Reformed Catechism Week 34 Resources
Week 34 Question:
Since we are redeemed by grace alone, through Christ alone, must we still do good works and obey God’s Word?
Week 34 Answer:
Yes, because Christ, having redeemed us by his blood, also renews us by his Spirit; so that our lives may show love and gratitude to God; so that we may be assured of our faith by the fruits; and so that by our godly behavior others may be won to Christ.
Week 34 Verse: 1 Peter 2:9-12
As the earth bringeth not forth fruit except it be watered first from above; even so by the righteousness of the law, in doing many things we do nothing, and in fulfilling the law we fulfil it not, except first we are made righteous by the Christian righteousness, which appertaineth nothing to the righteousness of the law.… But this [Christian] righteousness is heavenly, which we have not of ourselves, but receive it from heaven; we work not for it, but by grace it is wrought in us, and is apprehended by faith…. Why, do we then nothing? Do we work nothing for the obtaining of this righteousness? I answer, Nothing at all. For this is perfect righteousness, to do nothing, to hear nothing, to know nothing of the law, or of works, but to know and believe this only, that Christ is gone to the Father, and is not now seen; that He sitteth in heaven at the right hand of His Father…as…our high priest intreating for us, and reigning over us, and in us, by grace…. He that strayeth from this Christian righteousness, must needs fall into the righteousness of the law; that is to say, when he hath lost Christ, he must fall into the confidence of his own works. But…when I have Christian righteousness reigning in my heart…I do good works, how and wheresoever occasion arise…. Whosoever is assuredly persuaded that Christ alone is his righteousness, doth not only cheerfully and gladly work well in his vocation, but also submitteth himself…to all manner of burdens, and to all dangers of the present life, because he knoweth that this is the will of God, and that this obedience pleaseth Him.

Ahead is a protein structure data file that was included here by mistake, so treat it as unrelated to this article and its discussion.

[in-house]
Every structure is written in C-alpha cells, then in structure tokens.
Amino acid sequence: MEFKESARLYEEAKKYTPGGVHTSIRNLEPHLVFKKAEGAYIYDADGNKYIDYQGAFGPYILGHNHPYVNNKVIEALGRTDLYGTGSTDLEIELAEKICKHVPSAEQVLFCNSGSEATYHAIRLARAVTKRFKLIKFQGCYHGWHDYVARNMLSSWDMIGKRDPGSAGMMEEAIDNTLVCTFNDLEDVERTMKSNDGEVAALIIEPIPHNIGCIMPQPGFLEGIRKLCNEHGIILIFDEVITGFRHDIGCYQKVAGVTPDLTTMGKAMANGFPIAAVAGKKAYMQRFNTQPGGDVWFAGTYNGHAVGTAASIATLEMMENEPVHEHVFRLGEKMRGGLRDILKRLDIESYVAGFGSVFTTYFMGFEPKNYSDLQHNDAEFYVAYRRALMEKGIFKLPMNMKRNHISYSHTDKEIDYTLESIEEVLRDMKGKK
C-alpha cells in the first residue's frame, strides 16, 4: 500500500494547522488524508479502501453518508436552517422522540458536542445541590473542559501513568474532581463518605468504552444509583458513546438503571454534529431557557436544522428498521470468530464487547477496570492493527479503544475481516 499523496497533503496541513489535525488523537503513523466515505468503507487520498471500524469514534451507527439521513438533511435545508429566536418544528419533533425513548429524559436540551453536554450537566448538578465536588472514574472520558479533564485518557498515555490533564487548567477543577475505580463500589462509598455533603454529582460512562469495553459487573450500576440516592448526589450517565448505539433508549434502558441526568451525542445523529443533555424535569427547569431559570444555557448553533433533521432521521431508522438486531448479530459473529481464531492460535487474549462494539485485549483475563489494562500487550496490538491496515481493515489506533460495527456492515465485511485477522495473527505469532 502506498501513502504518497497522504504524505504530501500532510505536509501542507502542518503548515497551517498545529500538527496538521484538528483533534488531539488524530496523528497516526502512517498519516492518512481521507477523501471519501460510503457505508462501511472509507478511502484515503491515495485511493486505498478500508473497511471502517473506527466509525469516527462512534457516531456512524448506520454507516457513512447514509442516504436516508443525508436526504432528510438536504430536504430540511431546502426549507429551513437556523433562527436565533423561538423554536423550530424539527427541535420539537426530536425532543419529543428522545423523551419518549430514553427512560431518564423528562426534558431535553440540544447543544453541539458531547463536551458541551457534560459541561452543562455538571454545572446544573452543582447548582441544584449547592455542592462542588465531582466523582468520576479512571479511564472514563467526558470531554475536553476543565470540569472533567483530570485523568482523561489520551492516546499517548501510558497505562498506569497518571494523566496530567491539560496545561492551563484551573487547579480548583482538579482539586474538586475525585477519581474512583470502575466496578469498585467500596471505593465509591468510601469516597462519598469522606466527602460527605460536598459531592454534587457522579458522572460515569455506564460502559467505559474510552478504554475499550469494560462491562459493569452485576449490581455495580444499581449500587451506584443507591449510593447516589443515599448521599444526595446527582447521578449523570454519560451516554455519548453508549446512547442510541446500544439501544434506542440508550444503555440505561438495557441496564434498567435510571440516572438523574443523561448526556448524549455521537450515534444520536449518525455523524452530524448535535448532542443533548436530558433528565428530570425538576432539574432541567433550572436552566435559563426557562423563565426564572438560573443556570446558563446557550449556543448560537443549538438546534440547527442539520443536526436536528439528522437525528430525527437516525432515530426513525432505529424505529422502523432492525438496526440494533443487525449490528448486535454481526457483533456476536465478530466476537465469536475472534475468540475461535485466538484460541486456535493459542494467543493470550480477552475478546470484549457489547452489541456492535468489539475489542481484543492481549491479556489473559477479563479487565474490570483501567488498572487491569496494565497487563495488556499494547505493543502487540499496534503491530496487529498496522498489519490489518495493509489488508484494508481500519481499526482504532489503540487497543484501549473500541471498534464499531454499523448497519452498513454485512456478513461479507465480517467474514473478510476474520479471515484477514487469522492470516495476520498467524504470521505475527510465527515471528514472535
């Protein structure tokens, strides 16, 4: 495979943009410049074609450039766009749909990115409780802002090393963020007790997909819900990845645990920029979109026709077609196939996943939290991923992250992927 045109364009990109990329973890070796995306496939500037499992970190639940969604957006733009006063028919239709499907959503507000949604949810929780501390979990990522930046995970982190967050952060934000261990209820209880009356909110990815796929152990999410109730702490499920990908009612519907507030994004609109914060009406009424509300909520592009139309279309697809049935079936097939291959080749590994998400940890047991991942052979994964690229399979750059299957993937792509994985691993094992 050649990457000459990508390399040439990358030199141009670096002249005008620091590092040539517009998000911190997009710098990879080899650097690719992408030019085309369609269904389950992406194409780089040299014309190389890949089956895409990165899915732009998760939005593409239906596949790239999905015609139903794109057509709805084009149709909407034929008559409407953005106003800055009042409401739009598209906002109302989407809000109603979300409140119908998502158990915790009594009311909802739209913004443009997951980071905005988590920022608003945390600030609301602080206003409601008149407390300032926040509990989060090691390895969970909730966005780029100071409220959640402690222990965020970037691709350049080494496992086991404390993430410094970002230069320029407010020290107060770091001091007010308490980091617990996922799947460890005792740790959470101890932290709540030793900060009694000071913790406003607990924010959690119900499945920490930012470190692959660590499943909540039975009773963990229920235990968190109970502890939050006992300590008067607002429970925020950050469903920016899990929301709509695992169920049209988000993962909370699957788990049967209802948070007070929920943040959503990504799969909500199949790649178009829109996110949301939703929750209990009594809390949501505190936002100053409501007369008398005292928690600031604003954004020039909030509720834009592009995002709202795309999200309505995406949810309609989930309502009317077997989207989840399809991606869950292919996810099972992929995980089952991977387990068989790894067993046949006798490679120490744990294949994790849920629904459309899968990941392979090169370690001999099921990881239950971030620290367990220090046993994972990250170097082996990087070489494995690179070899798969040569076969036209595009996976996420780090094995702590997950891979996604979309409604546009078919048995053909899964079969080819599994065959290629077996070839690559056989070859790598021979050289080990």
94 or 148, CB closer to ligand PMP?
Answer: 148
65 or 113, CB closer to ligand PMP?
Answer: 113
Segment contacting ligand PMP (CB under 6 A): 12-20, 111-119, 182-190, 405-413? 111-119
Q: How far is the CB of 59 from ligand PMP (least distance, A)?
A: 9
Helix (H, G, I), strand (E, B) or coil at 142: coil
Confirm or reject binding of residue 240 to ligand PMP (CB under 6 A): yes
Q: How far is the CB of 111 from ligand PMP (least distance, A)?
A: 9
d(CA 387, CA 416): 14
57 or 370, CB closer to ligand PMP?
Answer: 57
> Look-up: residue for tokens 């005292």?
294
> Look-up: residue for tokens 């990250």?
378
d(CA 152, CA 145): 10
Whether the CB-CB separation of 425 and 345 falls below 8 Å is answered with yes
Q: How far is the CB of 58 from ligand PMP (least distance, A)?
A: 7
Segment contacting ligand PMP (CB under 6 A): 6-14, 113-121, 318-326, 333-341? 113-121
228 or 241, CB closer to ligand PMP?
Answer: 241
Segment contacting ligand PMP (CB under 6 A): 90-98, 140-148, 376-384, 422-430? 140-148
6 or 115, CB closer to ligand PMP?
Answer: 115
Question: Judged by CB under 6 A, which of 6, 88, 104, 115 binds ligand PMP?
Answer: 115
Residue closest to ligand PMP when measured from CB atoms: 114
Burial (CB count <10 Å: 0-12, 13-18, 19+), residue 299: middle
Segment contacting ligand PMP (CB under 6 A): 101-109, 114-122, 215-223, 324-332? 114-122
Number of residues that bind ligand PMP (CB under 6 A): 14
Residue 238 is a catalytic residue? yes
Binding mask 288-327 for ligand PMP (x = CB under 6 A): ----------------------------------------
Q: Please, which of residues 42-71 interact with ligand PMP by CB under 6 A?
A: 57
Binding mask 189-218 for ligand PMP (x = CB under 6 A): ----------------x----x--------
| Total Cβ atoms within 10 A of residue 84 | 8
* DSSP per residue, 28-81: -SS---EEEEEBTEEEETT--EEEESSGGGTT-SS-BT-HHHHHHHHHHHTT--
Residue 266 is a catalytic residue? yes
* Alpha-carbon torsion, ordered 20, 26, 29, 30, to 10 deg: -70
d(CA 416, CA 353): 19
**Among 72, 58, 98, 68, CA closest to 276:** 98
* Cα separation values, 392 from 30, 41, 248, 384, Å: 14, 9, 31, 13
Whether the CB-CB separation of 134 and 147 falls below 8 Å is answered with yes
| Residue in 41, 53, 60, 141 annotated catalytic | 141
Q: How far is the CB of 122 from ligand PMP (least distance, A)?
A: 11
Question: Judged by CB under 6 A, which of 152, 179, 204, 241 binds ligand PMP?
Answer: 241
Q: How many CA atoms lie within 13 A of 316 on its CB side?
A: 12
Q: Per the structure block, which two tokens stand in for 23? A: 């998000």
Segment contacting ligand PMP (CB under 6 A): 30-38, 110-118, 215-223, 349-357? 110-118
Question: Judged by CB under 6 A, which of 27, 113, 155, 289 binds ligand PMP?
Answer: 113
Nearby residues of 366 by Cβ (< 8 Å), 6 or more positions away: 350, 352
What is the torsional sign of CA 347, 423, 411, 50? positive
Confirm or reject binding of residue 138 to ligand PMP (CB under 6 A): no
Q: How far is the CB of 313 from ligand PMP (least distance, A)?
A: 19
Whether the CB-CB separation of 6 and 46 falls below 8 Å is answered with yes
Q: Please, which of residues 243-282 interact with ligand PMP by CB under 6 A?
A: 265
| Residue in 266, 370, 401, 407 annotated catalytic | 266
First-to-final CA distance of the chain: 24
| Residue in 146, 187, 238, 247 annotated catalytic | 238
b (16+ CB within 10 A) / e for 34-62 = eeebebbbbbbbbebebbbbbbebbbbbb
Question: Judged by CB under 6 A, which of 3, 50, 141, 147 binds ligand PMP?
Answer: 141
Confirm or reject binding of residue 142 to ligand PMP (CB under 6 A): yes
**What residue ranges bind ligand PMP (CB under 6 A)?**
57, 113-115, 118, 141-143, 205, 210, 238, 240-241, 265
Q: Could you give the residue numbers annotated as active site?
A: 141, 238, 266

Martin Luther (1483–1546). A German Protestant pastor and professor of theology, Luther was the son of a mining family, intended to become a lawyer, and at first took monastic orders. On 31 October 1517 Luther nailed his Ninety-Five Theses to the door of a church in Wittenberg, sparking the Reformation. His refusal to retract his writings at the demand of Pope Leo X and Emperor Charles V resulted in his excommunication. Luther wrote many works, including his small and large catechisms, and preached hundreds of sermons in churches and universities.
From Commentary on Galatians, translated by Erasmus Middleton (Grand Rapids: Kregel, 1979), xv–xviii.
Matthew 7:18; Luke 6:43-45; John 15:5; Romans 6:1-2
There is so much mercy in the heart of God for his people, and…Jesus his Son has by his blood made so living a way for us that we might enjoy it, and the benefit of it for ever…. To that end is this goodness revealed: "Let Israel hope in the Lord; for with the Lord there is mercy, and with him is plenteous redemption." Hope! who would not hope to enjoy life eternal?… Did but the people of God see to what they are born, and how true the God of truth will be to what by his word they look for at his hands, they would…groan earnestly under all their enjoyments to be with him, who is their life, their portion, and their glory for ever. But we profess, and yet…long not for the coming of the day of God; we profess the faith, and yet by our whole life show to them that can see, how little a measure of it we have in our hearts. The Lord lead us more into the power of things; then shall the virtues of him that has saved us, and called us out of darkness into his marvelous light, and the favour of his good knowledge, be made known to others far otherwise than it is. Amen.
John Bunyan (1628–1688). Known as the tinker of Elstow, Bunyan underwent a dramatic conversion experience and became a leading Puritan preacher. As his popularity grew, Bunyan increasingly became a target for slander and libel and was eventually imprisoned. It was during his time in prison that he commenced his best known work The Pilgrim’s Progress, first printed in 1678.
From “Israel’s Hope Encouraged” in The Works of that Eminent Servant of Christ Mr. John Bunyan, Volume 3 (Edinburgh: Sands, Murray & Cochran, 1769), 416–417.